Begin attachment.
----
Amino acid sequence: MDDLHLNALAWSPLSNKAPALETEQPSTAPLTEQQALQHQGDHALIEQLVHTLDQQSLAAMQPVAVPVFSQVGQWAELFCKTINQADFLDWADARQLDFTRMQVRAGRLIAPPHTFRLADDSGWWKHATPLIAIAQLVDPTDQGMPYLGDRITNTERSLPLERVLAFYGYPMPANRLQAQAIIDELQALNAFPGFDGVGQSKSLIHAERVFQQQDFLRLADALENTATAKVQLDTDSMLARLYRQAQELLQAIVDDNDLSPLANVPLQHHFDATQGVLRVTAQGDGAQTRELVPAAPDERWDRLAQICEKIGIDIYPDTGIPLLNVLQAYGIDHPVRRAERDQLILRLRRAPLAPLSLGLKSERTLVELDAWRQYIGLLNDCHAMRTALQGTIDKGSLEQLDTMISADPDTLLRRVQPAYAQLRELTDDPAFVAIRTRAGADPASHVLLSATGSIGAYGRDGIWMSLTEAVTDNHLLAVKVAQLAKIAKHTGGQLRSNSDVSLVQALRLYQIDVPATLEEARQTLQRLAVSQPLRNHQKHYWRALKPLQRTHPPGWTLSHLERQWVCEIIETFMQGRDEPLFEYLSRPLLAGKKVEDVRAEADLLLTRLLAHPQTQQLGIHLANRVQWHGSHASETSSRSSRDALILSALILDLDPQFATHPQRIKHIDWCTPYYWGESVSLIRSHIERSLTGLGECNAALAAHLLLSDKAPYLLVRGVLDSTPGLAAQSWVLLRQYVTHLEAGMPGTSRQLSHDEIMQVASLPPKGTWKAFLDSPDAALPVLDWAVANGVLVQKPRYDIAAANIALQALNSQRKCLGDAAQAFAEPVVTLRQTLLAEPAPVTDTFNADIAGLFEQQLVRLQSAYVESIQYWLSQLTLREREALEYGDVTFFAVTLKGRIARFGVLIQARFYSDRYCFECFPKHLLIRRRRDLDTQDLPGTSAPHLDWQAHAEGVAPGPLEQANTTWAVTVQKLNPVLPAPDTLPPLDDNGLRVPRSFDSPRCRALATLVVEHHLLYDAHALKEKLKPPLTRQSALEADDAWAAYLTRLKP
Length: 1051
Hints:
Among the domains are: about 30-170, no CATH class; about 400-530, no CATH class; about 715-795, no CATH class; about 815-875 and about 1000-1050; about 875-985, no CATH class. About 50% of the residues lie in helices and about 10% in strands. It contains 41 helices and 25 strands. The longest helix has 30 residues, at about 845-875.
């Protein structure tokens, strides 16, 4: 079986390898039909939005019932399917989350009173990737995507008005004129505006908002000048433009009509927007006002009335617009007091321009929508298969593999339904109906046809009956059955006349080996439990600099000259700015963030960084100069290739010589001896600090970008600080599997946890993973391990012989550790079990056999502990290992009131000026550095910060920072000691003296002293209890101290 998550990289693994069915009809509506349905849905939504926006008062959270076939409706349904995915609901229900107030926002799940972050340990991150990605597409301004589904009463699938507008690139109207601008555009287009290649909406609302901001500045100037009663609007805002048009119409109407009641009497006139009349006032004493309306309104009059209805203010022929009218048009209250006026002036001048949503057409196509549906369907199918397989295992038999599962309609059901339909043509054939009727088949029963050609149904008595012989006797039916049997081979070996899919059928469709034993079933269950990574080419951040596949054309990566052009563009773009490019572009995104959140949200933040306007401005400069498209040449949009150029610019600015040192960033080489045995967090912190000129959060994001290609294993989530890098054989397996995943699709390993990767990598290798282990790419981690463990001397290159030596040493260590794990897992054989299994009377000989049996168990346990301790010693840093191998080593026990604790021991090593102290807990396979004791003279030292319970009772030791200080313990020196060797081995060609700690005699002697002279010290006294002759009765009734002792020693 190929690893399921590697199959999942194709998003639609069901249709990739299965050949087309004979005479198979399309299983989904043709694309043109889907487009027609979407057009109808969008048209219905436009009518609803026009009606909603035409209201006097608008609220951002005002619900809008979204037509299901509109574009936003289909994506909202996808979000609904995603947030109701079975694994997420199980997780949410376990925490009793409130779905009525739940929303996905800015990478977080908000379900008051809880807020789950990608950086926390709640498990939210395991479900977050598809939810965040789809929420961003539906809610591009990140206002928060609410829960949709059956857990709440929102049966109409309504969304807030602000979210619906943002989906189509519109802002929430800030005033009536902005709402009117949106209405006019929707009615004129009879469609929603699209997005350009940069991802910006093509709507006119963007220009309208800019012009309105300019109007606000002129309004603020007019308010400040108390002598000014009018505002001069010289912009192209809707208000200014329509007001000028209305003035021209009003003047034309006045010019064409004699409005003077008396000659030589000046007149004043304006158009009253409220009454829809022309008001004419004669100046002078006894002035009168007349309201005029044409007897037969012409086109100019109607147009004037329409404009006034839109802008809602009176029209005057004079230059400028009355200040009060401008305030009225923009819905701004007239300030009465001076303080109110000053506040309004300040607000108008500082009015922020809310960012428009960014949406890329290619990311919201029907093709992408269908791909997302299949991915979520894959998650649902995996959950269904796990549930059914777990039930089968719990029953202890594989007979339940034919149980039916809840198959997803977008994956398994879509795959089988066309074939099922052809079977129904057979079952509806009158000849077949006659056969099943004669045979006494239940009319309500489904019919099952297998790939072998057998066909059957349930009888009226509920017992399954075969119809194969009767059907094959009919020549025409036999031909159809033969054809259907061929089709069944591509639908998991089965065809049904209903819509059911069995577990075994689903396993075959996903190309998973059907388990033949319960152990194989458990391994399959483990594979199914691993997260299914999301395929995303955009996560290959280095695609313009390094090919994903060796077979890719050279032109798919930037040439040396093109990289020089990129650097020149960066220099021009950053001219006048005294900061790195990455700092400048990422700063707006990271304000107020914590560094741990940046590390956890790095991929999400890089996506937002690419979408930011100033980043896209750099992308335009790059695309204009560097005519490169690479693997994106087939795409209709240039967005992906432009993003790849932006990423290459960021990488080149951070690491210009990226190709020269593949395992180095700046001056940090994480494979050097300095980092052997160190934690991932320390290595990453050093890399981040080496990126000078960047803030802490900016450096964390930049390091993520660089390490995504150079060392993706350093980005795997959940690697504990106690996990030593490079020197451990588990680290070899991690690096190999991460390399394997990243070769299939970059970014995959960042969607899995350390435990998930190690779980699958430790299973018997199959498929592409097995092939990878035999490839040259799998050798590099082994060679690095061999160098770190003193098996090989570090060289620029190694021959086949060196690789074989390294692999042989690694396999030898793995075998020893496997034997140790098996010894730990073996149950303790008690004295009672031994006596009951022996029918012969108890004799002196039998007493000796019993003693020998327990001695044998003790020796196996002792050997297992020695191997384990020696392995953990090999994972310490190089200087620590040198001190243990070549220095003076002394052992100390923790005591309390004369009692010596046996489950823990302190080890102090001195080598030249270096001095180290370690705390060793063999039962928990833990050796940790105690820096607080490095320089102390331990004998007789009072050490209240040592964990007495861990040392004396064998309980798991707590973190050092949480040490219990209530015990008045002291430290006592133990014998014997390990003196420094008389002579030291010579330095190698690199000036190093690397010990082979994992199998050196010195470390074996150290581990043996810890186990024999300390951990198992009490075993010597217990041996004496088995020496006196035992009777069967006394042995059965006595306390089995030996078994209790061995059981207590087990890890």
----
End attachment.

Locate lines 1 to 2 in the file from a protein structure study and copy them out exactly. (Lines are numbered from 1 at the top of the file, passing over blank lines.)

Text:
Amino acid sequence: MDDLHLNALAWSPLSNKAPALETEQPSTAPLTEQQALQHQGDHALIEQLVHTLDQQSLAAMQPVAVPVFSQVGQWAELFCKTINQADFLDWADARQLDFTRMQVRAGRLIAPPHTFRLADDSGWWKHATPLIAIAQLVDPTDQGMPYLGDRITNTERSLPLERVLAFYGYPMPANRLQAQAIIDELQALNAFPGFDGVGQSKSLIHAERVFQQQDFLRLADALENTATAKVQLDTDSMLARLYRQAQELLQAIVDDNDLSPLANVPLQHHFDATQGVLRVTAQGDGAQTRELVPAAPDERWDRLAQICEKIGIDIYPDTGIPLLNVLQAYGIDHPVRRAERDQLILRLRRAPLAPLSLGLKSERTLVELDAWRQYIGLLNDCHAMRTALQGTIDKGSLEQLDTMISADPDTLLRRVQPAYAQLRELTDDPAFVAIRTRAGADPASHVLLSATGSIGAYGRDGIWMSLTEAVTDNHLLAVKVAQLAKIAKHTGGQLRSNSDVSLVQALRLYQIDVPATLEEARQTLQRLAVSQPLRNHQKHYWRALKPLQRTHPPGWTLSHLERQWVCEIIETFMQGRDEPLFEYLSRPLLAGKKVEDVRAEADLLLTRLLAHPQTQQLGIHLANRVQWHGSHASETSSRSSRDALILSALILDLDPQFATHPQRIKHIDWCTPYYWGESVSLIRSHIERSLTGLGECNAALAAHLLLSDKAPYLLVRGVLDSTPGLAAQSWVLLRQYVTHLEAGMPGTSRQLSHDEIMQVASLPPKGTWKAFLDSPDAALPVLDWAVANGVLVQKPRYDIAAANIALQALNSQRKCLGDAAQAFAEPVVTLRQTLLAEPAPVTDTFNADIAGLFEQQLVRLQSAYVESIQYWLSQLTLREREALEYGDVTFFAVTLKGRIARFGVLIQARFYSDRYCFECFPKHLLIRRRRDLDTQDLPGTSAPHLDWQAHAEGVAPGPLEQANTTWAVTVQKLNPVLPAPDTLPPLDDNGLRVPRSFDSPRCRALATLVVEHHLLYDAHALKEKLKPPLTRQSALEADDAWAAYLTRLKP
Length: 1051